Starting with the execution context so that the problem makes sense:

I am running scripts written in Windows Subsystem for Linux. In this context, scripts written can sometimes accumulate carriage return characters in addition to newline characters (\r\n).

This is often unpredictable -- it is probably my mistake, but I am not interested in learning how not to make that mistake -- so I would like to have a robust way to execute scripts with carriage return characters.

What I have come up with so far is bumping up against a security layer:

<(sed 's/\r//g' script.sh)

bash: /dev/fd/63: Permission denied

In this case, I have not made the file socket (or whatever it is under the hood) executable.

bash <(sed 's/\r//g' script.sh) # works
bash <(sed 's/\r//g' foo.py) # ignores foo's hash-bang and fails

The second option fails because the hash-bang at the top of the python file has been ignored or I missed some call step.

A (temporary) option is:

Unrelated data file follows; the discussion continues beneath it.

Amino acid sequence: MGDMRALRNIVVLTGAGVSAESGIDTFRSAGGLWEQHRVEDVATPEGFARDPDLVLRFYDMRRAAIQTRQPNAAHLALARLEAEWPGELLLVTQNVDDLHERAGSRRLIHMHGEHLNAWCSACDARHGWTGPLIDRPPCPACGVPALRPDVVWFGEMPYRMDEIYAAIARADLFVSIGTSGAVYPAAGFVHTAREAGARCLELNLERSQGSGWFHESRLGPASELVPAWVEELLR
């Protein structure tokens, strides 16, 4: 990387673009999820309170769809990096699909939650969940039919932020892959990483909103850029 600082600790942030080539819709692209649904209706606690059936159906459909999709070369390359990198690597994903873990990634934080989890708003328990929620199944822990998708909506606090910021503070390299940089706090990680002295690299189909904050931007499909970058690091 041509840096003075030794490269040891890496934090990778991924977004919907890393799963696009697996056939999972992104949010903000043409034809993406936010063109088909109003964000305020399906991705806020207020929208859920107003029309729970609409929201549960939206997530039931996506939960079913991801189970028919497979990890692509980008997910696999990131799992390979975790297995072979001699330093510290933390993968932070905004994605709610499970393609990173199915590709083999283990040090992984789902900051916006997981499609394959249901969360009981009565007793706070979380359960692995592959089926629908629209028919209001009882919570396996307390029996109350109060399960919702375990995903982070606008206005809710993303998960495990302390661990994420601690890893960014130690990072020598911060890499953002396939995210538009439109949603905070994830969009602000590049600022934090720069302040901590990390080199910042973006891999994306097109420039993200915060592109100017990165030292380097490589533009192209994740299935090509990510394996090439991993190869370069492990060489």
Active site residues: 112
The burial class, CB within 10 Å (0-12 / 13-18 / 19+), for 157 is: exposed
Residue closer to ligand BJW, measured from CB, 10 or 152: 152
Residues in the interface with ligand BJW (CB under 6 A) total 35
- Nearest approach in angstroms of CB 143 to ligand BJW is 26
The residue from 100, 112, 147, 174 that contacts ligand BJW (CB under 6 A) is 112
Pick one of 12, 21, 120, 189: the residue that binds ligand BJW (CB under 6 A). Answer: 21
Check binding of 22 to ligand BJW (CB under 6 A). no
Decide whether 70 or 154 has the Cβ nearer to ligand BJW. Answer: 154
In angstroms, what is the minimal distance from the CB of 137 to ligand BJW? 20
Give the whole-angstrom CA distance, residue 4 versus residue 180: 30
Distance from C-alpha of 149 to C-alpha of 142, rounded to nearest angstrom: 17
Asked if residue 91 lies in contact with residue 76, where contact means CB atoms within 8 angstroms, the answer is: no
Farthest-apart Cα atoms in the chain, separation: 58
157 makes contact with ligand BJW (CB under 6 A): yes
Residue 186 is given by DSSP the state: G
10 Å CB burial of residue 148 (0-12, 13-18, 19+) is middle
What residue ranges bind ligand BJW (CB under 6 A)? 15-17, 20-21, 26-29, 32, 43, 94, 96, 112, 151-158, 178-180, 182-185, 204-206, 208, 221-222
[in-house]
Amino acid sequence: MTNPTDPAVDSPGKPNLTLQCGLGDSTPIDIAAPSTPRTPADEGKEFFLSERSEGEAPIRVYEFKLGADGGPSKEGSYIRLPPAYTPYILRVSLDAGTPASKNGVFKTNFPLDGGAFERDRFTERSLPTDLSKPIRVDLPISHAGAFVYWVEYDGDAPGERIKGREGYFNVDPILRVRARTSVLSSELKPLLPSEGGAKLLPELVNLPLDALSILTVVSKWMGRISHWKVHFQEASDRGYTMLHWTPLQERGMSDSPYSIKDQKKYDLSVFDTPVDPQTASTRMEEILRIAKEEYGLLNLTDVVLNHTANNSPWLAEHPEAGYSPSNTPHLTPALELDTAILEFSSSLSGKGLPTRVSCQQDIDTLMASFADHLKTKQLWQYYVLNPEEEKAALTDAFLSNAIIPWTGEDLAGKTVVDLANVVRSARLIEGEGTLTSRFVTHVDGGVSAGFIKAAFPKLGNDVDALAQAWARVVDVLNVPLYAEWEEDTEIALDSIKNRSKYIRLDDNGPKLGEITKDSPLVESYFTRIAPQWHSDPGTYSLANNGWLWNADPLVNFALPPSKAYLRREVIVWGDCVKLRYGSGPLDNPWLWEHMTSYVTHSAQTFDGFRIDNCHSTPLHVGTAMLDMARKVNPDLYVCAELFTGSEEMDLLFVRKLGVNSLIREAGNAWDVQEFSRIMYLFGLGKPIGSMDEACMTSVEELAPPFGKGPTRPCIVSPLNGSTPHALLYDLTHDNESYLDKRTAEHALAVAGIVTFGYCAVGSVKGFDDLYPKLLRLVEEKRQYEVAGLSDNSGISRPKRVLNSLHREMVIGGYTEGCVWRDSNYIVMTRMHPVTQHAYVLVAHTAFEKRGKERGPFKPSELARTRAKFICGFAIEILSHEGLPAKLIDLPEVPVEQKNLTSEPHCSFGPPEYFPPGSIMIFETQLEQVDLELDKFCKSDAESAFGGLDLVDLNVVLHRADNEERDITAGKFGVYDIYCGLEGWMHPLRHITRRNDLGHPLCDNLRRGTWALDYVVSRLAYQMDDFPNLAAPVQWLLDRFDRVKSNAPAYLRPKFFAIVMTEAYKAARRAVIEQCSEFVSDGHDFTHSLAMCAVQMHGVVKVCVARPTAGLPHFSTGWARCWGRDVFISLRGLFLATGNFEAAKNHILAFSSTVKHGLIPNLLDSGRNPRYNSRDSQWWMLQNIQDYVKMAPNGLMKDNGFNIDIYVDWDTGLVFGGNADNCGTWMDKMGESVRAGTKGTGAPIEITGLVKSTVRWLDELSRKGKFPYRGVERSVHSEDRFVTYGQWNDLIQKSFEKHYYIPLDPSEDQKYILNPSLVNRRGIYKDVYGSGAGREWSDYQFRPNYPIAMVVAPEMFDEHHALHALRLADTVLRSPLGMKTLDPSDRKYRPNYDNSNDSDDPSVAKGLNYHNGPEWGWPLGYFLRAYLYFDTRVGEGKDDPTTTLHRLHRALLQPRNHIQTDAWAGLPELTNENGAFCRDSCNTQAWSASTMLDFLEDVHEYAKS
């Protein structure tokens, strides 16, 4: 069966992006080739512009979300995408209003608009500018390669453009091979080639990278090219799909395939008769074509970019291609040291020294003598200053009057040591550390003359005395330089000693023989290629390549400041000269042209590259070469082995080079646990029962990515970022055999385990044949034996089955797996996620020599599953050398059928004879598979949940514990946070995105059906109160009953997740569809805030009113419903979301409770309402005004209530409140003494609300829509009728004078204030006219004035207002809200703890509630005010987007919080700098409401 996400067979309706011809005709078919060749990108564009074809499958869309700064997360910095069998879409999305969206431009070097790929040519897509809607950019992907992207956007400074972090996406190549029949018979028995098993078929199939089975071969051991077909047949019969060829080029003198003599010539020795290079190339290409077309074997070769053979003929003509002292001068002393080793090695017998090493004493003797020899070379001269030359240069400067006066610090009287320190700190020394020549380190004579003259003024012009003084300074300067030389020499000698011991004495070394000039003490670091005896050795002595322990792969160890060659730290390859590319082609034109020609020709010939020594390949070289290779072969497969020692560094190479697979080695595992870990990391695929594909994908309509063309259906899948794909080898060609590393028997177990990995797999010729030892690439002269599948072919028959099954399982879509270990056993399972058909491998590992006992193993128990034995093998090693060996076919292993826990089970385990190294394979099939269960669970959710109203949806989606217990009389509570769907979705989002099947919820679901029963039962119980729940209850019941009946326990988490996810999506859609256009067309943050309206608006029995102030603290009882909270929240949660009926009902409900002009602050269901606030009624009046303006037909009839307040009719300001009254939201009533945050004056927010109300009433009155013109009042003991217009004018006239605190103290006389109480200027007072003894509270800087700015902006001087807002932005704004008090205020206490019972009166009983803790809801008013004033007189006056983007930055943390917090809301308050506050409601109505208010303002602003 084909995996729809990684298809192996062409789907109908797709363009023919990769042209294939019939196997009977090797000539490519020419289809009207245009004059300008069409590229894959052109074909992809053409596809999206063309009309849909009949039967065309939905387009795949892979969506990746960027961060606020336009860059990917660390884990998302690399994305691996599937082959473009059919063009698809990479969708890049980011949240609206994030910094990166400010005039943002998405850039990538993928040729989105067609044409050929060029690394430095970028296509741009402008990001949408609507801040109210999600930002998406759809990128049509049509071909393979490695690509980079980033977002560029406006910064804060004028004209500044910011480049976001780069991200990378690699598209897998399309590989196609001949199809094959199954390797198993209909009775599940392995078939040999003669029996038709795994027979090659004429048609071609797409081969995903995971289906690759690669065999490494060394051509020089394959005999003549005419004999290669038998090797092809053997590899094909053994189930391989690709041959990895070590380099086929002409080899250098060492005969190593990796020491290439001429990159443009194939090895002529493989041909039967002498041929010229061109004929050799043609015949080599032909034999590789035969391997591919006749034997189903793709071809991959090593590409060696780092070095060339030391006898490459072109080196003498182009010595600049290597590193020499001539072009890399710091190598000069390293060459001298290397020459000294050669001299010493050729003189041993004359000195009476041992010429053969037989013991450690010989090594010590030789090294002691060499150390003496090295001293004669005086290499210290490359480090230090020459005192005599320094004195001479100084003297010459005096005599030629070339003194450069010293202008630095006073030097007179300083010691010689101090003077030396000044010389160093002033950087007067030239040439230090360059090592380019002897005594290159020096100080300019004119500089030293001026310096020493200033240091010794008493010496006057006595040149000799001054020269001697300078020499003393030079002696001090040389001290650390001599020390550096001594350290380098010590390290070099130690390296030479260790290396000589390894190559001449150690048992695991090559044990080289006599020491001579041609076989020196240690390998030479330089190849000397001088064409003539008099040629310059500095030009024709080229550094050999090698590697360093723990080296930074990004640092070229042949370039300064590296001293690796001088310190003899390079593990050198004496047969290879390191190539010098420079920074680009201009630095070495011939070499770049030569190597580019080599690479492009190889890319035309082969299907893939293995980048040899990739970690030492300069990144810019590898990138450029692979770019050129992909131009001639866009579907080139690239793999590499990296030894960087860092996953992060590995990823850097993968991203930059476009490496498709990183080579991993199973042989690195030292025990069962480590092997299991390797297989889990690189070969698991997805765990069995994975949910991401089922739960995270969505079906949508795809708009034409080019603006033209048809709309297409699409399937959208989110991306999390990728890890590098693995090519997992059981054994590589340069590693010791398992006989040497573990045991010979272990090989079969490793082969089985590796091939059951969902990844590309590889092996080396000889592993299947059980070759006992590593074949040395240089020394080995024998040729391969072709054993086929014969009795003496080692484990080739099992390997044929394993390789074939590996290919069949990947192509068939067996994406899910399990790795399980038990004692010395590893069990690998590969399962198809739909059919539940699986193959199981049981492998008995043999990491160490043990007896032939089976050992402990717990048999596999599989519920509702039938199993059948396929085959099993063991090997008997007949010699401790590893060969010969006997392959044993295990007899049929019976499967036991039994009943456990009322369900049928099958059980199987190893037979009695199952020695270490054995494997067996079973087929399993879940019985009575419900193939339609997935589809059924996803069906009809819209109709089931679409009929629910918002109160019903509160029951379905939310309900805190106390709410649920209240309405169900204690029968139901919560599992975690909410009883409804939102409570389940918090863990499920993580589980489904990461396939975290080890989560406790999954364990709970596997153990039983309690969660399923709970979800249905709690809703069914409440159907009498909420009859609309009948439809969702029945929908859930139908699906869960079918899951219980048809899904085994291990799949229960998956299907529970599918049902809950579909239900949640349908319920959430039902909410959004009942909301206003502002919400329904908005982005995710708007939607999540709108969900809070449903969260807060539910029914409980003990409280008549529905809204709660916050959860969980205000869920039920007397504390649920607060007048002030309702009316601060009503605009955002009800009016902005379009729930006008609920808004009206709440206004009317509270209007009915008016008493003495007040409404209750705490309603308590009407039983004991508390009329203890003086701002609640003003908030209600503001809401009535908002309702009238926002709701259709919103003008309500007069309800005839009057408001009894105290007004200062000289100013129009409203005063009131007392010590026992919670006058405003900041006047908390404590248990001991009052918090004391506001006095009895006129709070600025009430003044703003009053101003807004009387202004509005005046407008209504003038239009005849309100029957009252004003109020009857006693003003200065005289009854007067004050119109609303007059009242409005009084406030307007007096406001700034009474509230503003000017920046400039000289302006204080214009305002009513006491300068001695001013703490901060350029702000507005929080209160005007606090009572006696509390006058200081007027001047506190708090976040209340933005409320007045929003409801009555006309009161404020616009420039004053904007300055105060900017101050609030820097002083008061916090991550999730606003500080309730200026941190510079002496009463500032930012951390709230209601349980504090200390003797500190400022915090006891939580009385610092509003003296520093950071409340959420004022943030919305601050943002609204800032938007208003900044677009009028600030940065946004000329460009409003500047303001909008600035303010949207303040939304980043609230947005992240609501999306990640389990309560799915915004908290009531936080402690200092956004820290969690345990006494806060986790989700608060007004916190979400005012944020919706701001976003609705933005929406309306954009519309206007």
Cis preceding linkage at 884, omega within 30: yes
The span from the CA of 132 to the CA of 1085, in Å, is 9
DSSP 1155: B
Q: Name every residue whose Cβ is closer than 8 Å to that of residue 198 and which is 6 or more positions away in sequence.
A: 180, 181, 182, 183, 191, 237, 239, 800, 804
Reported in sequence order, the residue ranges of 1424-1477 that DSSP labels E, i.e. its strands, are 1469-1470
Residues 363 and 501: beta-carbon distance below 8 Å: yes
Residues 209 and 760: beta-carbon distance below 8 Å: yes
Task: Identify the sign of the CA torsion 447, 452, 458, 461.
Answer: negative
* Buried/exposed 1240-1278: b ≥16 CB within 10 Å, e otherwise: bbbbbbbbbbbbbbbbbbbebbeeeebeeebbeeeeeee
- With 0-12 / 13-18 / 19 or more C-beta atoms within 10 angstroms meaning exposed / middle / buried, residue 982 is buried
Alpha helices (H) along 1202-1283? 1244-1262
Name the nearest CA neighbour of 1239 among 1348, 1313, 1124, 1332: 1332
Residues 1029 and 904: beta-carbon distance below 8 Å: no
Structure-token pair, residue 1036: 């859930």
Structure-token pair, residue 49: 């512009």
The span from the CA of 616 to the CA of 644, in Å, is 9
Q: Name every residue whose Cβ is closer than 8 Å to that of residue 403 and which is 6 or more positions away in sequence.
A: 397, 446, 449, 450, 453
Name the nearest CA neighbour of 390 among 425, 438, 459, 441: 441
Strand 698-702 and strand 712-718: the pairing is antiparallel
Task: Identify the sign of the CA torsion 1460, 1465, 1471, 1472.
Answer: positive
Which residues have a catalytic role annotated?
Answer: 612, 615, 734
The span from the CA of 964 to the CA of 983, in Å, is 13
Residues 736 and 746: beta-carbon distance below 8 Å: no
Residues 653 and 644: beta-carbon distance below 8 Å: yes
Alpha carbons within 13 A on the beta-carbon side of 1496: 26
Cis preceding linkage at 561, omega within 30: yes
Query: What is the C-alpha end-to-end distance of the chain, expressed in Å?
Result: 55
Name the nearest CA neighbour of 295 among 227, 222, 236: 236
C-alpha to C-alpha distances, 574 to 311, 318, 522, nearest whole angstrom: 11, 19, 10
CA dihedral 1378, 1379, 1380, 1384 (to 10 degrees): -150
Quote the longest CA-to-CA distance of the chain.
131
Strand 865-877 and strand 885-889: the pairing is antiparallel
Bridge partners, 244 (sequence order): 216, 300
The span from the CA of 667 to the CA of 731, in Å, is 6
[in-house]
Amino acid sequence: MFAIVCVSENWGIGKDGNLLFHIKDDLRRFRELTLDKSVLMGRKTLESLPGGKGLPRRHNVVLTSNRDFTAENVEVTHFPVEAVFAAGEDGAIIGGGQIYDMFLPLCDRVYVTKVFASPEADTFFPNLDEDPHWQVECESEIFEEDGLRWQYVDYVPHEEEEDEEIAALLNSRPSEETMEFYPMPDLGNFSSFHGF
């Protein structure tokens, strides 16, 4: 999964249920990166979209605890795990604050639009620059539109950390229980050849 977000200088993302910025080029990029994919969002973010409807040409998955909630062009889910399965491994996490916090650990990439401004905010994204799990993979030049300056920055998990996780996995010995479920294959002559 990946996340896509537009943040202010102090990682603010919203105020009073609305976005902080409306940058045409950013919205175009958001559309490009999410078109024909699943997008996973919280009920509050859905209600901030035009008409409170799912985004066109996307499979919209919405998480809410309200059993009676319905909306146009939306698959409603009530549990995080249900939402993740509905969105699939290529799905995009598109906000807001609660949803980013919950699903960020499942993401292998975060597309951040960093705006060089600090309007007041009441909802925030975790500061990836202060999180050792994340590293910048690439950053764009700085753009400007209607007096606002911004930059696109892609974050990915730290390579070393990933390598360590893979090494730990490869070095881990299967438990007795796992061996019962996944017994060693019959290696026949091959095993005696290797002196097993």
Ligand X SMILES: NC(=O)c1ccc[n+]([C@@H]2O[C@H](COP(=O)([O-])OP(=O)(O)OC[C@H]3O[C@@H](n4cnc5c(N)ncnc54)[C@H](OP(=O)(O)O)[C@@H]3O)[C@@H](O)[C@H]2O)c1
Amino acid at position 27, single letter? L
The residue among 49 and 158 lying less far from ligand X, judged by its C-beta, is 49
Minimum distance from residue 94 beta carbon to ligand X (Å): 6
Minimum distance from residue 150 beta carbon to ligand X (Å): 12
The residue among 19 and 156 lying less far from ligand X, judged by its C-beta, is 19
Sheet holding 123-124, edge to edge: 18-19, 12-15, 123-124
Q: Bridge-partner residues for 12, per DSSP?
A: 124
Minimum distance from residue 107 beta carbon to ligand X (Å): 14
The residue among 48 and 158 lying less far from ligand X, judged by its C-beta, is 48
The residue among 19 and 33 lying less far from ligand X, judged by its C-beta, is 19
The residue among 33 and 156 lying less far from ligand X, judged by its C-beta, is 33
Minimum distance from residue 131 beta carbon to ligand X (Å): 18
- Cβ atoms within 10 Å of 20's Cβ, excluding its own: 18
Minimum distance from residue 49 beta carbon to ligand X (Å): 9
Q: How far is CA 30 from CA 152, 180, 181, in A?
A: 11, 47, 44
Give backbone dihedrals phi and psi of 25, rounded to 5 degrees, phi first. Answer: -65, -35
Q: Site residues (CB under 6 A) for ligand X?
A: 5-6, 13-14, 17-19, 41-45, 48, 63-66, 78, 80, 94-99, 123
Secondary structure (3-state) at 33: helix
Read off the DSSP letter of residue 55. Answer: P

python3 <(sed 's/\r//g' script.py)

However, this is problematic due to the versioning of the python binary (python<version#>), which is best handled at the #! ... line internal to the script.

Also, it will fail for the ecosystem of other hash-bangables -- I'll have to be specific everywhere, which is sort of a big bump in the snarliness of my little bite-sized scripts.

Is there a way to make this executable, not ignore the hash-bang, or a way to solve the overall problem differently?


Fix the broken file pre-emptively before executing it:

dos2unix script.py

For interactive use, use a wrapper script to fix the file before executing it. Create a file name run_broken_file.sh with the following content:

dos2unix "$1"

And then you can run ./run_broken_file.sh ./script.py arg1 arg2 arg3

Sample run:

$ unix2dos script.py 
unix2dos: converting file script.py to DOS format...

$ ./script.py 
/usr/bin/env: ‘python3\r’: No such file or directory

$ cat -A script.py 
#!/usr/bin/env python3^M$
import sys^M$
print(f"hello {sys.argv}")^M$

$ cat run_broken_file.sh 
dos2unix "$1"

$ ./run_broken_file.sh ./script.py arg1 arg2 'arg3 with spaces'
dos2unix: converting file ./script.py to Unix format...
hello ['./script.py', 'arg1', 'arg2', 'arg3 with spaces']

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